Gas Prices May Make Another Run to $2 a Gallon
WASHINGTON, D.C. — Gas prices have hit the lowest average price for this time of year since 2009, and AAA is predicting prices could fall to $2 a gallon in many parts of the country by the end of the year.
According to the association's latest monthly gas price report, cheaper oil costs and the resolution of some refinery issues are the key drivers behind the declining prices at the pump, with the national average sitting at $2.66 as of Monday. It marked 16 days in a row of falling prices.
"It feels good to see gas prices drop during the middle of the busy summer driving season. Millions of people are hitting the roads right now and these gas savings should make their trips more affordable," according to AAA.
Gas prices averaged $2.75 per gallon in July, which was the lowest average for the month since 2010. In addition, Monday's average gas price was about 85 cents per gallon less than a year ago. The national average has dropped about 14 cents per gallon since hitting a 2015 high of $2.80 on June 15.
According to AAA, lower gas prices and a growing economy have helped motivate people to drive more this year. U.S. consumers drove 275.1 billion miles in May, which was the highest monthly total on record, according to the most recent report from the Federal Highway Administration. It is likely driving has continued to increase this summer as consumers take long road trips.
July's declining prices followed in last July's footsteps. This is the second year in a row that gas prices dropped in July. Last year, average prices dropped 16 cents per gallon during the month before eventually plummeting by $1.65 per gallon through January.
Diesel is also making headlines. The average price of diesel is only seven cents per gallon more than gasoline today. The difference between gasoline and diesel reached its most narrow point since 2009 in July. The average price of diesel in January was 90 cents more expensive per gallon than gasoline.
And more good news is on tap. AAA said gas prices should continue dropping to catch up with the recent decline in the cost of crude oil. All things being equal, a $12 decline in crude oil costs could reduce gas prices by as much as 29 cents per gallon.
Given that prices have already dropped about 14 cents per gallon since reaching a 2015 high in June, drivers could see prices drop another 15 cents per gallon in the near term if oil remains stable and refineries operate at current production levels. Gas prices could drop even further if oil continues to fall and gasoline supplies grow larger in August, the association added.
"The recent price declines are hopefully just a precursor of much bigger savings to come at the pump. We could see many parts of the country make another run toward $2 per gallon by the end of the year if everything keeps running smoothly," AAA explained.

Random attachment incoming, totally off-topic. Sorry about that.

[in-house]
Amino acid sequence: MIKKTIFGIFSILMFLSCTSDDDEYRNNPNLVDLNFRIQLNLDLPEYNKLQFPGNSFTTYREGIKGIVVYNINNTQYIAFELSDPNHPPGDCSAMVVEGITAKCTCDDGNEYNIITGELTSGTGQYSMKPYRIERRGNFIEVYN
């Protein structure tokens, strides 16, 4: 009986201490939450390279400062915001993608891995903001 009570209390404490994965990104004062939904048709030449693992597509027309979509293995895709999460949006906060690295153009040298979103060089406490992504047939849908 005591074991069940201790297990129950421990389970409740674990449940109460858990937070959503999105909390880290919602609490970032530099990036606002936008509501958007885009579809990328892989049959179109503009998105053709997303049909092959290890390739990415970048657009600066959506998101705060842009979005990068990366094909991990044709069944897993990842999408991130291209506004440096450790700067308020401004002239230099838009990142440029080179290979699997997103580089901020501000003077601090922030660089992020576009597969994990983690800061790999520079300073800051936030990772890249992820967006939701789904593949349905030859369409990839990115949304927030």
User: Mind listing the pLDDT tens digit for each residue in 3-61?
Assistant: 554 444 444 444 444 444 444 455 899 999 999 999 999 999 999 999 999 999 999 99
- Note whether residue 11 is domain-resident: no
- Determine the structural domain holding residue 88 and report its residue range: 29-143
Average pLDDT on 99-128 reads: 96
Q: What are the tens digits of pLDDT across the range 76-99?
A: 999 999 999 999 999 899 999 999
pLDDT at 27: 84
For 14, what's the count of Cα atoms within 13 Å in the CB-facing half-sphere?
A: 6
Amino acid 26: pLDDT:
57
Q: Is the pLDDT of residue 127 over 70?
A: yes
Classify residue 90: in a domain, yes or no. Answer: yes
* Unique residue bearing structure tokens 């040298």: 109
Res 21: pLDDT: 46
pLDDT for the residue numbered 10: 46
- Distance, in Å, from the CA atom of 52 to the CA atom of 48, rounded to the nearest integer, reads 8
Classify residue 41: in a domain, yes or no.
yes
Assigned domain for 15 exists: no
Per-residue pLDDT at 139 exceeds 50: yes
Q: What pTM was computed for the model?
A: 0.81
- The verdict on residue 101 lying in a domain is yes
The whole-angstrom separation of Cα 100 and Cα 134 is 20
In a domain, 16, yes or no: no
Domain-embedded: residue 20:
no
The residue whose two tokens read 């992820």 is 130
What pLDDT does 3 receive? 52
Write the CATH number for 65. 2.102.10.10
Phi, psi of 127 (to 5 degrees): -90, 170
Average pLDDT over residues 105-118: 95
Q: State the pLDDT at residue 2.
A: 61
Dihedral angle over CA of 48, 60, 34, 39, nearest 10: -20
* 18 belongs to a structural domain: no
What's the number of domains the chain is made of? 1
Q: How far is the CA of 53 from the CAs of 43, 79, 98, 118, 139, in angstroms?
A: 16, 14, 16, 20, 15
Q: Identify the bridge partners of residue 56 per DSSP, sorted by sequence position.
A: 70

The end of the summer driving season often leads to lower gas prices, which may drop more dramatically after Labor Day. In addition, gas stations in many parts of the country can switch over to less expensive winter-blend gasoline on Sept. 15. The Southeastern and Central United States are the two regions most likely to see a large number of gas stations offering prices around $2 per gallon this winter.
However, there are a number of factors that could keep gas prices from falling as expected, such as major refinery disruptions, higher oil costs, a major hurricane or conflict overseas. In addition, all parts of the country may not see prices drop as quickly. For example, refinery problems continue on the West Coast, which raises the possibility of price increases for that region if supplies grow tight.
VARIATIONS BY STATE
Looking at specific states, California currently has the most expensive gas prices in the country, with a statewide average of $3.79 per gallon. The state's average is about $1.50 more expensive than South Carolina's average, which is $2.29 per gallon and the nation's least expensive market for retail gasoline.
The five most expensive state averages are California ($3.79), Alaska ($3.48), Hawaii ($3.29), Nevada ($3.25) and Washington ($3.18). The states with the lowest average gas prices are South Carolina ($2.29), Alabama ($2.29), Mississippi ($2.33), Ohio ($2.36) and Indiana ($2.37), according to AAA.
Gas prices remain relatively high across the Western U.S. due to ongoing refinery problems and strong demand. California, which has the largest concentration of drivers in the region, has experienced a number of refinery issues and supply challenges.
A handful of U.S. gas stations across the nation, though, are already selling gas for less than $2 per gallon. By comparison, about 11 percent of stations are selling gas for more than $3 per gallon today.